Crime Library: Criminal Minds and Methods

Susan Smith: Child Murderer or Victim?

The Unthinkable

It was a mild October night in Union. Susan had been driving around for the last hour, trying to calm herself. She drove along Highway 49 and followed the signs to John D. Long Lake. Before driving to the lake on this evening, she had never before been there. Susan preferred to take her sons to the pond at Foster Park, which was closer to her home. At Foster Park, Susan and her sons would feed breadcrumbs to the ducks.

Once she arrived at the shore of John D. Long Lake, Susan drove across a portion of the seventy-five-foot boat ramp and parked in the middle of the ramp. The ramp was unpaved and consisted of gravel and stones. Susan sat quietly behind the wheel of her 1990 burgundy Mazda Protégé, listening to the sounds of her two young sons sleeping. Michael, her oldest son had celebrated his third birthday two weeks earlier and Alex was fourteen months old. Susan was twenty-three, with long, sandy blond hair that she tied in a ponytail. She wore wire-rimmed glasses and was in the best physical shape she had been in since before becoming pregnant with Michael.

Susan Smith (AP)
Susan Smith (AP)
Susan shifted the Mazda into neutral and felt the car slowly begin to roll down the remaining length of the boat ramp. The car only traveled a few yards before Susan stepped on the brake. With a shift tug, Susan pulled the emergency hand brake, stopping the car from further rolling forward. She opened her door and stepped out of the car. Susan stood outside of her car, on the boat ramp, on the banks of John D. Long Lake and thought about suicide. Susan looked around and saw only black. The lake was not illuminated and she stood alone thinking about her life. The darkness and loneliness of the deserted lake mirrored how Susan felt.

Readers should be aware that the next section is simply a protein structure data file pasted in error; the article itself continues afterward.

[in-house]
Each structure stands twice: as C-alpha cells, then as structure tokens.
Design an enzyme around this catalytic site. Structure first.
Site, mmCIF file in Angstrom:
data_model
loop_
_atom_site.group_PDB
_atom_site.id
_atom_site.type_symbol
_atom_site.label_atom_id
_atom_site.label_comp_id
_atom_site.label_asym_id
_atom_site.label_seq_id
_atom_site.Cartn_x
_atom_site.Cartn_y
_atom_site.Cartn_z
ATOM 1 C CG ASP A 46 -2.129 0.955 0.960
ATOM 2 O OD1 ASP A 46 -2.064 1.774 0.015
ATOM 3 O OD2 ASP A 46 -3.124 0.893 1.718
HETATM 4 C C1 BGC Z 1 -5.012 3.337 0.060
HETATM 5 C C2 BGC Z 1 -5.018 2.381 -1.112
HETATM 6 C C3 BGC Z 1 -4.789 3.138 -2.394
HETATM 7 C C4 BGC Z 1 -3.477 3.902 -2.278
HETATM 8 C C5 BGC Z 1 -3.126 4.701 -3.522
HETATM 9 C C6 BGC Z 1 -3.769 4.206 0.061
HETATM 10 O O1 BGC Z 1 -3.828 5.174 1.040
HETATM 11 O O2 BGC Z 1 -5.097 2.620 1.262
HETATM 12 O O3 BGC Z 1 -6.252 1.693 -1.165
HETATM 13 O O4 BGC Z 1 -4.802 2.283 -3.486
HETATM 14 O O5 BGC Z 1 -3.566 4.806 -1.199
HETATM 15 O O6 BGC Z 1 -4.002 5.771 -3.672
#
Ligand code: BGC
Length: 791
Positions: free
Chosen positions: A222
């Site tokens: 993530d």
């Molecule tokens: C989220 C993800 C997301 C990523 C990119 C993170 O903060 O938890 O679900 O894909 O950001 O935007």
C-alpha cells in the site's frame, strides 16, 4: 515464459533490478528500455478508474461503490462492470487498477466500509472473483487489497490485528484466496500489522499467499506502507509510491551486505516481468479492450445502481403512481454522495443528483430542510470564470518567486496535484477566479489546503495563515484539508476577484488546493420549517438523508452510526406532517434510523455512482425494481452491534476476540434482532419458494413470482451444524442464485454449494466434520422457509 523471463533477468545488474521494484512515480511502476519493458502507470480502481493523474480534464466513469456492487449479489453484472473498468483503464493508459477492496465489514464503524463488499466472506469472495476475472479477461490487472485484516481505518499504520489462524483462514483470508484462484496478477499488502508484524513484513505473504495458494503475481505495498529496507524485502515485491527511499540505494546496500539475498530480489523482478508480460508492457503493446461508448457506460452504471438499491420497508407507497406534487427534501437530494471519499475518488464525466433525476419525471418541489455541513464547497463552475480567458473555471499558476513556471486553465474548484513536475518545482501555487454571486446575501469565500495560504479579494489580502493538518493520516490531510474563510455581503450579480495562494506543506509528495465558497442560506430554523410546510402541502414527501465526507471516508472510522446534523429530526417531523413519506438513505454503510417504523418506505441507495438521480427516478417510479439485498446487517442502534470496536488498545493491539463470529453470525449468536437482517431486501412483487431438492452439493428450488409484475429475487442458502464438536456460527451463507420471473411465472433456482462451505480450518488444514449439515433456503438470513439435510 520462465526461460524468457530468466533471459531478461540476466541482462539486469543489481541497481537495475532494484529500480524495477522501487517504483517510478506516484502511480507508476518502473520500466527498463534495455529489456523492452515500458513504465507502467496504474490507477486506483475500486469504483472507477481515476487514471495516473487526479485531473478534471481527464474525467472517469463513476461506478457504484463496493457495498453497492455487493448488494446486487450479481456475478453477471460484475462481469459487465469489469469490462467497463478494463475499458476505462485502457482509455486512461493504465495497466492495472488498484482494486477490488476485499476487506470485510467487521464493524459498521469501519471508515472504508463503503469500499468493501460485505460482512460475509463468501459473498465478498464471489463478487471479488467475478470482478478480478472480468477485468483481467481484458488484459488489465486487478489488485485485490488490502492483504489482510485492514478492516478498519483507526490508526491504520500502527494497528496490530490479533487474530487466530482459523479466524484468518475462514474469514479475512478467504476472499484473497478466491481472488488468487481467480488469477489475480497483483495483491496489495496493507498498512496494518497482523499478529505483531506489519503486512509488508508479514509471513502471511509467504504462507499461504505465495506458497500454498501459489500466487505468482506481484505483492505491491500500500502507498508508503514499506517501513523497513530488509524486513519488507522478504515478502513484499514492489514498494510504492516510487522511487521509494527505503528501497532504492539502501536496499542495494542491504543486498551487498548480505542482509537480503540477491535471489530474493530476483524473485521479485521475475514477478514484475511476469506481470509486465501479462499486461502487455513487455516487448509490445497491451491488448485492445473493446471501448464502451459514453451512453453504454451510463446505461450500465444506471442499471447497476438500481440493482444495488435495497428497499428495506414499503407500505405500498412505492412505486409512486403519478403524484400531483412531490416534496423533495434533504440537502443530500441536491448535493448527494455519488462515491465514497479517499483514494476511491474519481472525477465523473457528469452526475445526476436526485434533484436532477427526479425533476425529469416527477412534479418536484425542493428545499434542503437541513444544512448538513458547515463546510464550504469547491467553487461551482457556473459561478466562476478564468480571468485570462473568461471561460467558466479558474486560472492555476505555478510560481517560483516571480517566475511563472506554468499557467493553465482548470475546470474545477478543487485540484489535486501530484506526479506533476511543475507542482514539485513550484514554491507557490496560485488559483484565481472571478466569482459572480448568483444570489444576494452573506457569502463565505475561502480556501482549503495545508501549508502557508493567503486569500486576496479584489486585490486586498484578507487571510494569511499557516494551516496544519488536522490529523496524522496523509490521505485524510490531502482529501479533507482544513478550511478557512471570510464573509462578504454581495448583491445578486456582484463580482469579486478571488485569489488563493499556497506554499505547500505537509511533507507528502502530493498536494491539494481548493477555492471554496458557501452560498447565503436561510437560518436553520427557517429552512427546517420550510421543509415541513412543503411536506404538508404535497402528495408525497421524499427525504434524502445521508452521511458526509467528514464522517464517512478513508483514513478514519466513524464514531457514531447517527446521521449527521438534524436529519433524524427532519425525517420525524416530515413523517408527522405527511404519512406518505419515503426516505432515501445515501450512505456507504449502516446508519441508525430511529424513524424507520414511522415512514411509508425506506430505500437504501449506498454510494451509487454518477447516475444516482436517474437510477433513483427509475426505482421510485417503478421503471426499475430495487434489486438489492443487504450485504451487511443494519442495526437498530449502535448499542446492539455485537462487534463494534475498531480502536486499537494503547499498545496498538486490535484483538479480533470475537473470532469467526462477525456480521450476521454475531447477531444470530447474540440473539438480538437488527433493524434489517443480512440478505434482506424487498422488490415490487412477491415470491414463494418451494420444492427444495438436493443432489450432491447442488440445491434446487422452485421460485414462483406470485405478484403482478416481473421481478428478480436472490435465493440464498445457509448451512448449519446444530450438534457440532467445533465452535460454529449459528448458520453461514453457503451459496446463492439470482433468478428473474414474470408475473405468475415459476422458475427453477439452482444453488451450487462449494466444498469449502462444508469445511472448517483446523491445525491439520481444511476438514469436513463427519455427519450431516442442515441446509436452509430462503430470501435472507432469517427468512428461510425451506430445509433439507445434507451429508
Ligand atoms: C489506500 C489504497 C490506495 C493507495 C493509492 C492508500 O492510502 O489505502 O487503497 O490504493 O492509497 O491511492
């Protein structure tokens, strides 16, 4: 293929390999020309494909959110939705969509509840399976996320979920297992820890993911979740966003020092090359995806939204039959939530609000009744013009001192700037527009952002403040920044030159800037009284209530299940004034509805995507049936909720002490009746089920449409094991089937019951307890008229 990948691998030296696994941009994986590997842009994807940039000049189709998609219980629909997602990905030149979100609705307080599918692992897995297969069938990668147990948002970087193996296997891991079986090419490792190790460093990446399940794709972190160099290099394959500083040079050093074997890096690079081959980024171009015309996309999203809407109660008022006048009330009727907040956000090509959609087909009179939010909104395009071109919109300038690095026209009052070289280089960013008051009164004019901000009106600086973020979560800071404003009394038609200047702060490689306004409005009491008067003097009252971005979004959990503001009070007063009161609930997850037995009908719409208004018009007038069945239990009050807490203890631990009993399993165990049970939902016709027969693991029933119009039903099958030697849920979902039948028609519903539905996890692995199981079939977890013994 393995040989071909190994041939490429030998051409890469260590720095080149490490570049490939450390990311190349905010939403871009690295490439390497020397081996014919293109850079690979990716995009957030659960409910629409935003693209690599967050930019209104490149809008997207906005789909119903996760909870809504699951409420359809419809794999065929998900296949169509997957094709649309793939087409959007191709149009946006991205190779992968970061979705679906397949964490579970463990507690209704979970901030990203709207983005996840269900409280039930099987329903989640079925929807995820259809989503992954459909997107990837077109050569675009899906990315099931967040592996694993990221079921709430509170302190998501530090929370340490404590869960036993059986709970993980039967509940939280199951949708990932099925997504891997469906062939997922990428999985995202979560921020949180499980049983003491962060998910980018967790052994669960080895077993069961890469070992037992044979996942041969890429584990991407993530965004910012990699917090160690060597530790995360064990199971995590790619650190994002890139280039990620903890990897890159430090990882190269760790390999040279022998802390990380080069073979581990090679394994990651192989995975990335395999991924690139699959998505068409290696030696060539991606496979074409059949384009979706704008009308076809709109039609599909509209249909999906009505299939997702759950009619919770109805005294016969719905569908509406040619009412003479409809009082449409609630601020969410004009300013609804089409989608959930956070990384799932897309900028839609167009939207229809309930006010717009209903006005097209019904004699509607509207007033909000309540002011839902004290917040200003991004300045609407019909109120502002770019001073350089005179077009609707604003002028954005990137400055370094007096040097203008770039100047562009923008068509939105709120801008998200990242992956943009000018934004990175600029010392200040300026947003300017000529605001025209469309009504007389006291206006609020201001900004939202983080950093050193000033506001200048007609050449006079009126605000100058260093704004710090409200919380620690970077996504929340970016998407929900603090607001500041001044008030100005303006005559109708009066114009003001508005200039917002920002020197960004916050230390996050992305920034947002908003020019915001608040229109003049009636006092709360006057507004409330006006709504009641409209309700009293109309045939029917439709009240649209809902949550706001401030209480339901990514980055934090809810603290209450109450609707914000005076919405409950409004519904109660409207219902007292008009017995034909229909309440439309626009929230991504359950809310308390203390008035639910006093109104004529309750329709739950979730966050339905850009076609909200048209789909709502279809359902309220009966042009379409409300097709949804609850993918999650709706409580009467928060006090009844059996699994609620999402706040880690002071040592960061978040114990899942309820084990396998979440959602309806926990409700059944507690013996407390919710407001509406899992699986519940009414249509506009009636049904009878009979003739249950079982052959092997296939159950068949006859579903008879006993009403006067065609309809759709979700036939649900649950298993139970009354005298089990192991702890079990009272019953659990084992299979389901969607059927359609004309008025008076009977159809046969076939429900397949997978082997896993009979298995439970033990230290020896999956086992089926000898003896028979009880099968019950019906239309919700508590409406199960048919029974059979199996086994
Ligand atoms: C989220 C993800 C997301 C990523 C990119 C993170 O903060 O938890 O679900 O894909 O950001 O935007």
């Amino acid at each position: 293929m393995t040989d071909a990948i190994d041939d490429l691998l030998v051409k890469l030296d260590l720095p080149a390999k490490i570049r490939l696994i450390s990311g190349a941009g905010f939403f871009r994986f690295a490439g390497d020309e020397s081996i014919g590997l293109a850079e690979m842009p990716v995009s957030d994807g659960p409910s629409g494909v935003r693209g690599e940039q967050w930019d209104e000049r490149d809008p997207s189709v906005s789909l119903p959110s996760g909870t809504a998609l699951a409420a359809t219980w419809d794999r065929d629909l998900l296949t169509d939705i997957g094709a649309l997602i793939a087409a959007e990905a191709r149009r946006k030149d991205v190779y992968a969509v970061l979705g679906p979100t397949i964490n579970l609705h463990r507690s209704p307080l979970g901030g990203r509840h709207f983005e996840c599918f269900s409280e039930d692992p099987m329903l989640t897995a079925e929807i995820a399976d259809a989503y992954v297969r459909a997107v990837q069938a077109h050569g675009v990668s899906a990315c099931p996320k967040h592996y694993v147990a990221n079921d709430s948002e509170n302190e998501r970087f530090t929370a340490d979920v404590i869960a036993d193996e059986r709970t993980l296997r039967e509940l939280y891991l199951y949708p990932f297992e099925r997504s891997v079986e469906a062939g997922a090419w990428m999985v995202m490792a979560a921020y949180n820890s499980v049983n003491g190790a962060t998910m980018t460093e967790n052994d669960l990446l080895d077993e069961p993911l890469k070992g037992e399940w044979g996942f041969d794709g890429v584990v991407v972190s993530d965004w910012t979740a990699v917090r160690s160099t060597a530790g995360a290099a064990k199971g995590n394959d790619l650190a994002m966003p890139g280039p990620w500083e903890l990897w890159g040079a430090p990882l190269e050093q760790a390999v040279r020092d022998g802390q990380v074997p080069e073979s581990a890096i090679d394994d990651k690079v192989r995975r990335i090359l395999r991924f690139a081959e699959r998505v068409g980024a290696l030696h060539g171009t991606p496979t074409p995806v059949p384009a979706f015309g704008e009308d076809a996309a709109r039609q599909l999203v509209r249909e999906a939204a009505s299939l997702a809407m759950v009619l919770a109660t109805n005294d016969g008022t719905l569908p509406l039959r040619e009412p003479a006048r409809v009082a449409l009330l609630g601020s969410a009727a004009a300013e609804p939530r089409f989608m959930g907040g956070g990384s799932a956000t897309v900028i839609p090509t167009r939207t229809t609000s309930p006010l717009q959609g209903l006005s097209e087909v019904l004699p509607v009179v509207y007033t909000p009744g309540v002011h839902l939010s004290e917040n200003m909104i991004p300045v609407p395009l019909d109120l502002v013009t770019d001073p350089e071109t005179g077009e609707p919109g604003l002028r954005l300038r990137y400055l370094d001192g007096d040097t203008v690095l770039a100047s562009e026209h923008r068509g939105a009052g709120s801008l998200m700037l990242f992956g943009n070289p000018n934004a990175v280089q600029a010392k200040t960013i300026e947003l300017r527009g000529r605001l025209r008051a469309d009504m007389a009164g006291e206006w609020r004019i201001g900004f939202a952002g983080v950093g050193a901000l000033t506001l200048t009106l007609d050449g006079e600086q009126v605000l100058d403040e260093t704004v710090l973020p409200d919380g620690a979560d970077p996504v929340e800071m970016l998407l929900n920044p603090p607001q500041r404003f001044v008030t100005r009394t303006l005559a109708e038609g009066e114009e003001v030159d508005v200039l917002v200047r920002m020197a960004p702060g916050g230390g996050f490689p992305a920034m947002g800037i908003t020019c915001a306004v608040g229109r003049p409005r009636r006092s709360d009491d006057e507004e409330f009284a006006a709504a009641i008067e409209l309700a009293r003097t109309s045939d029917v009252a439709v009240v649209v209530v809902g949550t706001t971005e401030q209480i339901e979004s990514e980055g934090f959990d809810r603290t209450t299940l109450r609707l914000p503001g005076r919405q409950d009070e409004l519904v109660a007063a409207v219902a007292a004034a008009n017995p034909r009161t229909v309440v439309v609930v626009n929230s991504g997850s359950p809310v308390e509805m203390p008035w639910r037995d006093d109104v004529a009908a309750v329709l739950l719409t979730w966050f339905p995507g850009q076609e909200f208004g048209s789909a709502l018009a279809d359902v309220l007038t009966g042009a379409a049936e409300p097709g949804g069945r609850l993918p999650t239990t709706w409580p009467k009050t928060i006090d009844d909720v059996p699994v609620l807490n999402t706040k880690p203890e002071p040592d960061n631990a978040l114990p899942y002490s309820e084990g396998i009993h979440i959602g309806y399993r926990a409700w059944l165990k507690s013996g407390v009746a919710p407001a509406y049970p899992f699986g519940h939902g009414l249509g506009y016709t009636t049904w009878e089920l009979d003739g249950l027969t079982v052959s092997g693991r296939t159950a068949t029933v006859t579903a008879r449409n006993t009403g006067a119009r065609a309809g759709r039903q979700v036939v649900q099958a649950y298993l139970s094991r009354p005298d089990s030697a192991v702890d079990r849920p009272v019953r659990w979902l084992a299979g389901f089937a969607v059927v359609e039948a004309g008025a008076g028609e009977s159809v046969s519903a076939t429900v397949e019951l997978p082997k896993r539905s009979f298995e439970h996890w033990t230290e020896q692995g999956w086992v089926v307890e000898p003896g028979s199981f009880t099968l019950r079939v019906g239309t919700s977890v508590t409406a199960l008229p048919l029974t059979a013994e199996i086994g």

Susan wanted relief from her loneliness and the problems in her life. Susan and her husband, David, were in the middle of a divorce and her boyfriend, Tom Findlay, had just rejected her the week before. She wanted to commit suicide, but she did not want her sons to suffer. Susan believed if she killed her sons first and then committed suicide, that her sons would suffer less, rather than if she committed suicide and left them on their own. Yet, something was stopping her from surrendering to her depression and loneliness. She did not want to commit suicide, what she wanted was relief from all the stresses and burdens that overwhelmed her. She felt that her life was filled with loss and rejection, and that the responsibilities of being a single mother were overwhelming.

Susans next decision will never be forgotten. Attempts to explain it will always fall short and continue to leave the question why? open to further speculation.

Susan Smith released the emergency brake and softly closed the drivers side door. Michael and Alex were asleep in the back seat, strapped into their car seats. As the car drifted into John D. Long Lake, the headlights were on. The car entered the water slowly and did not submerge immediately. Instead, it remained on the surface, bobbing peacefully, while slowly filling with water.

Susan watched the car submerge into the lake. She turned away from the sinking car and began to run toward a small house. The story that Susan would tell would capture the nations sympathy. Susans story would also raise doubts in some and cause a community to question some of its own citizens, based solely on the race of those citizens.

After the truth was revealed, many would try to imagine the thoughts running through Susan Smiths head the night of October 25, 1994, when she took the lives of her children. To this day, the question still asked is how could she do it? Susan Smith committed the most unthinkable act when she broke humanitys most sacred trust, the love of a mother for her children.

Alex and Michael at Birthday Party (AP)
Alex and Michael at Birthday Party
(AP)

 

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